How Facebook Parent Meta Will Address Apple’s Privacy Crackdown
- Facebook parent Meta presented a three-tier plan to save its ad business from Apple’s privacy crackdown.
- The company plans to push ad units that drive customer actions on Facebook.
- The stakes are high, as Meta potentially faces $12.8 billion in lost revenue this year.
Meta laid out for the first time a rough gameplan on how it will rebuild its flailing ad business, which has been rocked by Apple’s privacy crackdown.
During its Q1 2022 earnings call, Meta described how near term, it’s working with large and small advertisers to use its Conversion API to create a direct connection with Meta. That connection lets marketers know if their ads on Meta’s properties got people to take an action like signing up for something on an advertisers’ website or buying a product.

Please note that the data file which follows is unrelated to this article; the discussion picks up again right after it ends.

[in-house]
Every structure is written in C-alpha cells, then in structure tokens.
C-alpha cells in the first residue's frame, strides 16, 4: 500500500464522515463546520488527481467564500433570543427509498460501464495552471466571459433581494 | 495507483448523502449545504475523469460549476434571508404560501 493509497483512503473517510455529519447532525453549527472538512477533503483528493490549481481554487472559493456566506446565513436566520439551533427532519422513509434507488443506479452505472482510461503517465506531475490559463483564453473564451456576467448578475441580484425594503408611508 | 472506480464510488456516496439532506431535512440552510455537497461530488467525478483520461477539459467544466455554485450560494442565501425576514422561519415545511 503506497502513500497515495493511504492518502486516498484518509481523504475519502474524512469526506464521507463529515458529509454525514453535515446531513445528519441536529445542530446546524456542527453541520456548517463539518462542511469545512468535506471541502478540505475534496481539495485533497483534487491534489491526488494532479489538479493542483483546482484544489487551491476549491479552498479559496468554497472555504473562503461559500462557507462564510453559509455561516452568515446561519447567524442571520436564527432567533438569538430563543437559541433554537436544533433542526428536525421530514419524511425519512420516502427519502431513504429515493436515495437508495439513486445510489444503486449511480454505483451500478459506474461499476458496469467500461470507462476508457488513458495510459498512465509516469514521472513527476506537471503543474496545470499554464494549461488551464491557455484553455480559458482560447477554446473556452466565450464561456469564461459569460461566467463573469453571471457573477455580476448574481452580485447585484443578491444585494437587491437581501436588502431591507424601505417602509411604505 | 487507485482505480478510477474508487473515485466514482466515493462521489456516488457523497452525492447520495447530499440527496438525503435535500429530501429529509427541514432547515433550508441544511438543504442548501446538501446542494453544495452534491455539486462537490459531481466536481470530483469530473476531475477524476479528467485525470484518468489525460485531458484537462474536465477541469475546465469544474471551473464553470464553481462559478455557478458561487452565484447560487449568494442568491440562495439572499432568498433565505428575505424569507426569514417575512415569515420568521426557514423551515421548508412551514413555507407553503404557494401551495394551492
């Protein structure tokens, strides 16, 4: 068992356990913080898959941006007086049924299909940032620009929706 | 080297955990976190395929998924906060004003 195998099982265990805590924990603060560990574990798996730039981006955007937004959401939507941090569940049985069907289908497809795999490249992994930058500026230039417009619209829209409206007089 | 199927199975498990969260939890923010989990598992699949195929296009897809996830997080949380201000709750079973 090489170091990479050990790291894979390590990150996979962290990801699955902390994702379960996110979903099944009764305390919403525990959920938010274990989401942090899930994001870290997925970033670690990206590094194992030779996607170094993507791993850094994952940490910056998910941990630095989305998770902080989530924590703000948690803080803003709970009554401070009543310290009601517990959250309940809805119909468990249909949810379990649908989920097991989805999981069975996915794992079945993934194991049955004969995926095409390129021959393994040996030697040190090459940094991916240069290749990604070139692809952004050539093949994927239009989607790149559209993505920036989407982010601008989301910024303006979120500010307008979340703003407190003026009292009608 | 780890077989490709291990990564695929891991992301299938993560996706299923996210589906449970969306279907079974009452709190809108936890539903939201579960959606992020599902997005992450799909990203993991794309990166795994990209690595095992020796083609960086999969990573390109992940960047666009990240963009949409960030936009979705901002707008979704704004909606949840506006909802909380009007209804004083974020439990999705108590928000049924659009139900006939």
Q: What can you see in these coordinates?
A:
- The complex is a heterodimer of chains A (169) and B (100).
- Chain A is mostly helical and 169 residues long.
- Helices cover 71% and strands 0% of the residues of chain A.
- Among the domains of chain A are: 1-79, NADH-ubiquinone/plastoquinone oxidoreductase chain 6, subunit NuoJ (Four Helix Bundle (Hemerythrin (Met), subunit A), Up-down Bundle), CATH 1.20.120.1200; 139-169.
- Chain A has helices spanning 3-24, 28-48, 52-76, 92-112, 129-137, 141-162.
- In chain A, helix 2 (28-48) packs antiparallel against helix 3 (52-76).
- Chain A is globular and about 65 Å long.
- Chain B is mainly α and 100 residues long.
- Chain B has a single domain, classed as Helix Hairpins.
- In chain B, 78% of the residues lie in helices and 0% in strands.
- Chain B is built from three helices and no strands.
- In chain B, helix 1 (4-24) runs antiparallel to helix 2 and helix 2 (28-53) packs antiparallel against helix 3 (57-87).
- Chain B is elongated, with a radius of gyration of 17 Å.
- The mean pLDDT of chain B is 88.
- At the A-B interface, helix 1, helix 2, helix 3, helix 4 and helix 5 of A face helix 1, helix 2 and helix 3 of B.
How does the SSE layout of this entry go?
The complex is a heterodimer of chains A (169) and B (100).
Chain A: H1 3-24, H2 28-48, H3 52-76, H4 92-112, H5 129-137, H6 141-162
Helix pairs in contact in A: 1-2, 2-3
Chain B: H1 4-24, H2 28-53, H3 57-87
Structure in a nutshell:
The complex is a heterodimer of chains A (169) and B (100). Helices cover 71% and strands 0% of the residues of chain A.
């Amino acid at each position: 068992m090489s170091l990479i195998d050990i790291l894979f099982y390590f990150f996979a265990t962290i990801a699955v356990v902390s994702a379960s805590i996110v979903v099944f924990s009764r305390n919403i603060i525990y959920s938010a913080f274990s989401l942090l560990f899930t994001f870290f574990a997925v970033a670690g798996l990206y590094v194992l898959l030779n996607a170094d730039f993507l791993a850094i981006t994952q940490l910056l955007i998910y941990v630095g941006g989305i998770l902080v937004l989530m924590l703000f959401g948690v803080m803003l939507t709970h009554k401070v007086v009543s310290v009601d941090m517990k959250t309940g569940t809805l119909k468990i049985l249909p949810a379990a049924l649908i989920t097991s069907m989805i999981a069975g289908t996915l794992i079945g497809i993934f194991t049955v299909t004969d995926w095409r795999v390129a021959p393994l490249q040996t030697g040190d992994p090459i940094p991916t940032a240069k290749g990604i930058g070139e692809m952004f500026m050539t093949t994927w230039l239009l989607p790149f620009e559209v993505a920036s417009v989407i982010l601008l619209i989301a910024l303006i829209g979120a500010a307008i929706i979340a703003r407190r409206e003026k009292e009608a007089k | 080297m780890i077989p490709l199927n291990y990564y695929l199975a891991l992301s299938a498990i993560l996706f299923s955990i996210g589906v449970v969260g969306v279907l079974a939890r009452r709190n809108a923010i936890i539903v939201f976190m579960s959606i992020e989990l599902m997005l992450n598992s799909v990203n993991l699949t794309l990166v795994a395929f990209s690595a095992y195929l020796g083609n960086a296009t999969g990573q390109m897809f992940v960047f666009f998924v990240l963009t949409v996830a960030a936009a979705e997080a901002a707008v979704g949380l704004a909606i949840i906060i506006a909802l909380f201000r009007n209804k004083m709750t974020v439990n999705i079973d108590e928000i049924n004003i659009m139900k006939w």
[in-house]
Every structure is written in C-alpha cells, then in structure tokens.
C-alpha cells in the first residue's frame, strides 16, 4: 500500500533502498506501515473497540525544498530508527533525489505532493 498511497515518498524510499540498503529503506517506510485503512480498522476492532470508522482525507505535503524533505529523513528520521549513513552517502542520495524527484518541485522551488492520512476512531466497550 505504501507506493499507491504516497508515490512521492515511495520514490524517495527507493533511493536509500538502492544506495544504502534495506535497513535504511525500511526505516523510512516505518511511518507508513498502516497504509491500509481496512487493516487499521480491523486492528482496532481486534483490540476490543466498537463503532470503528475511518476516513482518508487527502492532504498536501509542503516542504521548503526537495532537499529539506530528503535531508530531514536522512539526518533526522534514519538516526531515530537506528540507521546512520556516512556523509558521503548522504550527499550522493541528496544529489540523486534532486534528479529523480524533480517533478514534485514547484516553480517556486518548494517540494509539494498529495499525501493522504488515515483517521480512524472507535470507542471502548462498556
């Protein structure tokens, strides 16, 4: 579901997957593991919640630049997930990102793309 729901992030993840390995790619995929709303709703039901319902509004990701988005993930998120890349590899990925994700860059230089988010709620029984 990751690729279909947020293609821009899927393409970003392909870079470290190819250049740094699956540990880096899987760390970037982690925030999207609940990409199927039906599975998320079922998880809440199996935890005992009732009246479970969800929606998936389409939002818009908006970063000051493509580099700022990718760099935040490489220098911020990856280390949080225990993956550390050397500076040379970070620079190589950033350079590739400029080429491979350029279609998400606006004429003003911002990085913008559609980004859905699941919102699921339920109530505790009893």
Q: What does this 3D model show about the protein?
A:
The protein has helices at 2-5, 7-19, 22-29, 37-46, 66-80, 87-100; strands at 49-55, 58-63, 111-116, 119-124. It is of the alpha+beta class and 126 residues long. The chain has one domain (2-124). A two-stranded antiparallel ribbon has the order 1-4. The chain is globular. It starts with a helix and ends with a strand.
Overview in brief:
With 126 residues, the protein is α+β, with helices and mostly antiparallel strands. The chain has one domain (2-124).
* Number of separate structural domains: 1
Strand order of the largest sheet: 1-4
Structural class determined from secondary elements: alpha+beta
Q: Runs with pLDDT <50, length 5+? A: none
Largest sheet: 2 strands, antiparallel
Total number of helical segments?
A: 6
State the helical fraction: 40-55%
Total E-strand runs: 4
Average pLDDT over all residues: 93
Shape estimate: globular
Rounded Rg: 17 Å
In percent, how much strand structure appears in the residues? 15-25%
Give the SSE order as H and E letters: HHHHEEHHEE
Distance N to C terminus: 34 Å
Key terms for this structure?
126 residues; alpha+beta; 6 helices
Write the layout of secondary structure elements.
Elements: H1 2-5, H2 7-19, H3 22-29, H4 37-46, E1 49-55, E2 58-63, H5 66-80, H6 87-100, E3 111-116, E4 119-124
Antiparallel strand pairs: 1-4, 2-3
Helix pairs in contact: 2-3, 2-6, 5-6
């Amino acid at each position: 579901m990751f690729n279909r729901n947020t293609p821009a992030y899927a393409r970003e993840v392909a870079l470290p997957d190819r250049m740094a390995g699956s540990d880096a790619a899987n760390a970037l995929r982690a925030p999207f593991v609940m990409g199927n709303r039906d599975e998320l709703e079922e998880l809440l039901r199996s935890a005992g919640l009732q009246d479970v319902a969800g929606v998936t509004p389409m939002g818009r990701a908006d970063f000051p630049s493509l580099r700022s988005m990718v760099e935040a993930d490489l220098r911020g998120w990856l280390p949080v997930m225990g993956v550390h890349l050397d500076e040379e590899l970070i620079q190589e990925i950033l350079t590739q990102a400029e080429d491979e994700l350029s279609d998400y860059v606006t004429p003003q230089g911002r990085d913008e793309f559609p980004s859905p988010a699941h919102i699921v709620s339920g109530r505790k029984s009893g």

The second step is promoting ad units that spur actions on Facebook itself. Company COO Sheryl Sandberg discussed click-to-message ads or Shops ads, which were introduced in 2020. When someone clicks on a Shops ad, it opens up a product catalog within Facebook, which means Meta can track the action.
Meta previously talked up these ads as a way to help
that were losing customers due to Apple’s restrictions. But during its earnings, Meta was frank about how such units would ultimately help save its own ad business.
“If commerce is successful over the longer term, we’ll be able to close the loop on our service,” Sandberg said.
Long term, Meta plans to develop artificial intelligence and machine learning to let advertisers target people with less personalized data. The company did not detail any further what type of AI or machine learning tools it needed to develop, or when these tools would be available.
The stakes are high for Meta as the impacts of Apple’s privacy restrictions are expected to intensify throughout the year. The company could lose $12.8 billion in revenue by the end of 2022, data management company Lotame estimated.